Jes: God. American Apparel is sexy. I dunno about Holly but I love their style. Its andro and ‘basic’ and hipster. Lots of lyrca, lots of ‘your body as is’ type clothing. However, model and sales-clerk wise? Tall, skinny, white people. The usual. The fact that AA is hyper-sexual appeals to me. The fact that the lens isn’t really on an empowered body, is less appealing. Sexy sells. But why does sexy always seem to intersect with misogyny? Ultimately, AA is a popular brand of choice for hipsters, many of whom are educated and/or are familiar with the provocative nature of their ads. American Able doesn’t mock from the outside. It mocks from the inside. I like that.


What do you hope people will take away from the American Able series?

Holly: I’m really interested in where it will be seen. It is showing on digital screens that are typically ad space, and has the potential to make people do a double take and question what they are seeing and how it differs from a regular ad. I think the realization that it’s a spoof makes people question and critique why – why do they only ever see able-bodied people in fashion advertising? People with visible disabilities are rendered invisible by mass media, and I think the reactions to American Able really highlight that. Even when there are claims of ‘diversity’ it is usually really lacking, to say the least. One rarely sees people with disabilities in advertising, unless it’s in a group photo and then it often seems more tokenizing than anything else.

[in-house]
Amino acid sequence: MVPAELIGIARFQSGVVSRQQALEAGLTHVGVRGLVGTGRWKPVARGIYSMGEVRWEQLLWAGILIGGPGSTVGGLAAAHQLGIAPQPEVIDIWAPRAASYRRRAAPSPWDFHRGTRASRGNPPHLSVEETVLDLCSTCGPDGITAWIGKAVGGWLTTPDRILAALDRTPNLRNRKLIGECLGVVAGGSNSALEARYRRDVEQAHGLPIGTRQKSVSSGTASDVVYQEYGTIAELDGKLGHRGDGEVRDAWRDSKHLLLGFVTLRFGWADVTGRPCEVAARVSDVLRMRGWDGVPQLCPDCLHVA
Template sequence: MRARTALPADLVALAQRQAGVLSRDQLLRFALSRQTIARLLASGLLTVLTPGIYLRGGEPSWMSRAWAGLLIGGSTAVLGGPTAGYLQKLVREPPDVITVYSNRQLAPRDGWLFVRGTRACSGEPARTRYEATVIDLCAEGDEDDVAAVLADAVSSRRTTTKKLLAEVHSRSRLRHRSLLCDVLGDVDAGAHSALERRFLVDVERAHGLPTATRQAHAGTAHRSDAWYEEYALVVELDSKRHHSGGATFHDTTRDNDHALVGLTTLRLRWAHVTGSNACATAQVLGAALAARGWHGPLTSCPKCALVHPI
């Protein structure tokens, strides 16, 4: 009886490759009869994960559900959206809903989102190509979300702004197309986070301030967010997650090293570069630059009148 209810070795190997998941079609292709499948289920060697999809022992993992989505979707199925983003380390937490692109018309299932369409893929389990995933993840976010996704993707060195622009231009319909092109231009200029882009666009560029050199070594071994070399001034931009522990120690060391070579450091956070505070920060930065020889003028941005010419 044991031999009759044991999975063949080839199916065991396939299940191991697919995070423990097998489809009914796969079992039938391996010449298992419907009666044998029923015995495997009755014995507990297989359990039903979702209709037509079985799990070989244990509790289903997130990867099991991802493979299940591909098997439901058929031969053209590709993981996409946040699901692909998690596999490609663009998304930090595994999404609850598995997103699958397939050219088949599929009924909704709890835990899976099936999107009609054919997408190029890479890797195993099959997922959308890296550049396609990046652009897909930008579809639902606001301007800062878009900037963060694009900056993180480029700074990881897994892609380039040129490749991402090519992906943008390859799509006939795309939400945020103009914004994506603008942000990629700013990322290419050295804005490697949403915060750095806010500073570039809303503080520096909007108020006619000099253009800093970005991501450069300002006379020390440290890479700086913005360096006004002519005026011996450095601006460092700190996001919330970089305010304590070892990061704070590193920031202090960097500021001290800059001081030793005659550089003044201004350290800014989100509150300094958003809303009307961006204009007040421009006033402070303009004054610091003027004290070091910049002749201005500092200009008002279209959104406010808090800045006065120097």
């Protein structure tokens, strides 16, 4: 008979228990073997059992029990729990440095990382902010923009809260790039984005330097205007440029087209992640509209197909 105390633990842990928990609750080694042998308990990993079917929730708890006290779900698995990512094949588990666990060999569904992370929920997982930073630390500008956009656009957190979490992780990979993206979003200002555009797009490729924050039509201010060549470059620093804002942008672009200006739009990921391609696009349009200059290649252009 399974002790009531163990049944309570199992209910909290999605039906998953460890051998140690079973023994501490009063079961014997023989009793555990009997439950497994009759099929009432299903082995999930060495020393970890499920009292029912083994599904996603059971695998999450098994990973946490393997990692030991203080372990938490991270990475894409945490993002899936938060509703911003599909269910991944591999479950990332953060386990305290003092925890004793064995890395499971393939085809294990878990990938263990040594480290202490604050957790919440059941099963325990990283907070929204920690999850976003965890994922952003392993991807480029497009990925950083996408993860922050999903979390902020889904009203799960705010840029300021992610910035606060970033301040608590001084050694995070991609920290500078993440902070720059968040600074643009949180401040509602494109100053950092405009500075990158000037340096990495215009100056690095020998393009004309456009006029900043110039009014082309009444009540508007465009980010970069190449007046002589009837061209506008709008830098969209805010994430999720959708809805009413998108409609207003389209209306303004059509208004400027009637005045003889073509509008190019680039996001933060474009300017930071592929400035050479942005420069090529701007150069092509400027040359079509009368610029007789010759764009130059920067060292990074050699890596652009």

Jes: It’s Holly’s project, but personally? I hope people see these ads in the TTC, laugh, and put on something skin tight when they go home and stare at their bodies. It’s like an invitation to a healthy dose of vanity. Why does fashion necessarily have to give people complexes? I’d love to be a model. I love designers and fashion, it’s art on bodies. I guess I love modeling because I feel like I embody a piece of that stare in my own work. That “I see you lookin’ at me” stare. I know I don’t look like a stereotypical model, and I like my body, but I get stared at a lot, in a different way. So when I pose, I have the opportunity to engage with my voyeurs. Or act indifferent about their gaze. Or make them question the politics in their stare. Or seduce them. Or pierce them. It’s really fun.